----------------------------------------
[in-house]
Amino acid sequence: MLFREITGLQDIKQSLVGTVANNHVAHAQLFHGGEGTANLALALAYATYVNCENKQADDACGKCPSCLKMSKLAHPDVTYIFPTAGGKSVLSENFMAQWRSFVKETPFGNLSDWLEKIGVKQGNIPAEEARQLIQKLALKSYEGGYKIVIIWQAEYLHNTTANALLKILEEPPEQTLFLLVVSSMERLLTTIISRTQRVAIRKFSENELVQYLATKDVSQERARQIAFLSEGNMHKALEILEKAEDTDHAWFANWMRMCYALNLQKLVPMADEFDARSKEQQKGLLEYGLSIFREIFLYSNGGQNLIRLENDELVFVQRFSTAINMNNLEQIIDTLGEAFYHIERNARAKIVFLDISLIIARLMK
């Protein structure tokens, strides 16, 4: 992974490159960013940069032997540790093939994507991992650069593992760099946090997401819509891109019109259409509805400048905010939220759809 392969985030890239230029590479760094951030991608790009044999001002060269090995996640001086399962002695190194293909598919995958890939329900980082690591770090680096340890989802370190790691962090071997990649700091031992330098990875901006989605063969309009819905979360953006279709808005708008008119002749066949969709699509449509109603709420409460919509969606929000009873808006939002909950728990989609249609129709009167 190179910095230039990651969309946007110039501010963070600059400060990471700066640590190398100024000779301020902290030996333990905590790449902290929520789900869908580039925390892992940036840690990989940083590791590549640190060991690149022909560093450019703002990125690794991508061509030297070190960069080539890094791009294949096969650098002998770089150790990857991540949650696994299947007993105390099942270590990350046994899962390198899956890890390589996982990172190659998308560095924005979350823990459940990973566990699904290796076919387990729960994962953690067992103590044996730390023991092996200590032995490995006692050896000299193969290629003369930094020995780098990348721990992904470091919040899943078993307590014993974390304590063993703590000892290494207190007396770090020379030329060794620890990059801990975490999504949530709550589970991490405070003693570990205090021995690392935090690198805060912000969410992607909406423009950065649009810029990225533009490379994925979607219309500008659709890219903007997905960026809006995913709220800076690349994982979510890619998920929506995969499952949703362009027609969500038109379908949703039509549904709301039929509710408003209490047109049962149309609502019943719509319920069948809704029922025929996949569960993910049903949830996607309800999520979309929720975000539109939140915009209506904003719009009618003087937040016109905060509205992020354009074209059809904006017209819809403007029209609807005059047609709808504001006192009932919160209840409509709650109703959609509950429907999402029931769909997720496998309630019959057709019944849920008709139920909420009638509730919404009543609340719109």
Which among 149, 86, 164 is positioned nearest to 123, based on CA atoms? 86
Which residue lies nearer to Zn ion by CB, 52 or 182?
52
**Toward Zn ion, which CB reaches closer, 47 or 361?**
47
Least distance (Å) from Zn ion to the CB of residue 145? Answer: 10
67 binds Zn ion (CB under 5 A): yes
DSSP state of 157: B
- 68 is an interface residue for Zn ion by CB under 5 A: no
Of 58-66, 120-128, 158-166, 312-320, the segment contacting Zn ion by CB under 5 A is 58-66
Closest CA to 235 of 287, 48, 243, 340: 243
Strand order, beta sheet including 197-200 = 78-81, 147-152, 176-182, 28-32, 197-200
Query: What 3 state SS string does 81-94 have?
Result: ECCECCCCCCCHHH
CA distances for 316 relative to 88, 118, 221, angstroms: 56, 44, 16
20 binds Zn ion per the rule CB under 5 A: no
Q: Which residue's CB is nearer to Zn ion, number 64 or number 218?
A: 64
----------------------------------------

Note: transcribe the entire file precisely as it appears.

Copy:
[in-house]
Amino acid sequence: MLFREITGLQDIKQSLVGTVANNHVAHAQLFHGGEGTANLALALAYATYVNCENKQADDACGKCPSCLKMSKLAHPDVTYIFPTAGGKSVLSENFMAQWRSFVKETPFGNLSDWLEKIGVKQGNIPAEEARQLIQKLALKSYEGGYKIVIIWQAEYLHNTTANALLKILEEPPEQTLFLLVVSSMERLLTTIISRTQRVAIRKFSENELVQYLATKDVSQERARQIAFLSEGNMHKALEILEKAEDTDHAWFANWMRMCYALNLQKLVPMADEFDARSKEQQKGLLEYGLSIFREIFLYSNGGQNLIRLENDELVFVQRFSTAINMNNLEQIIDTLGEAFYHIERNARAKIVFLDISLIIARLMK
């Protein structure tokens, strides 16, 4: 992974490159960013940069032997540790093939994507991992650069593992760099946090997401819509891109019109259409509805400048905010939220759809 392969985030890239230029590479760094951030991608790009044999001002060269090995996640001086399962002695190194293909598919995958890939329900980082690591770090680096340890989802370190790691962090071997990649700091031992330098990875901006989605063969309009819905979360953006279709808005708008008119002749066949969709699509449509109603709420409460919509969606929000009873808006939002909950728990989609249609129709009167 190179910095230039990651969309946007110039501010963070600059400060990471700066640590190398100024000779301020902290030996333990905590790449902290929520789900869908580039925390892992940036840690990989940083590791590549640190060991690149022909560093450019703002990125690794991508061509030297070190960069080539890094791009294949096969650098002998770089150790990857991540949650696994299947007993105390099942270590990350046994899962390198899956890890390589996982990172190659998308560095924005979350823990459940990973566990699904290796076919387990729960994962953690067992103590044996730390023991092996200590032995490995006692050896000299193969290629003369930094020995780098990348721990992904470091919040899943078993307590014993974390304590063993703590000892290494207190007396770090020379030329060794620890990059801990975490999504949530709550589970991490405070003693570990205090021995690392935090690198805060912000969410992607909406423009950065649009810029990225533009490379994925979607219309500008659709890219903007997905960026809006995913709220800076690349994982979510890619998920929506995969499952949703362009027609969500038109379908949703039509549904709301039929509710408003209490047109049962149309609502019943719509319920069948809704029922025929996949569960993910049903949830996607309800999520979309929720975000539109939140915009209506904003719009009618003087937040016109905060509205992020354009074209059809904006017209819809403007029209609807005059047609709808504001006192009932919160209840409509709650109703959609509950429907999402029931769909997720496998309630019959057709019944849920008709139920909420009638509730919404009543609340719109």
Which among 149, 86, 164 is positioned nearest to 123, based on CA atoms? 86
Which residue lies nearer to Zn ion by CB, 52 or 182?
52
**Toward Zn ion, which CB reaches closer, 47 or 361?**
47
Least distance (Å) from Zn ion to the CB of residue 145? Answer: 10
67 binds Zn ion (CB under 5 A): yes
DSSP state of 157: B
- 68 is an interface residue for Zn ion by CB under 5 A: no
Of 58-66, 120-128, 158-166, 312-320, the segment contacting Zn ion by CB under 5 A is 58-66
Closest CA to 235 of 287, 48, 243, 340: 243
Strand order, beta sheet including 197-200 = 78-81, 147-152, 176-182, 28-32, 197-200
Query: What 3 state SS string does 81-94 have?
Result: ECCECCCCCCCHHH
CA distances for 316 relative to 88, 118, 221, angstroms: 56, 44, 16
20 binds Zn ion per the rule CB under 5 A: no
Q: Which residue's CB is nearer to Zn ion, number 64 or number 218?
A: 64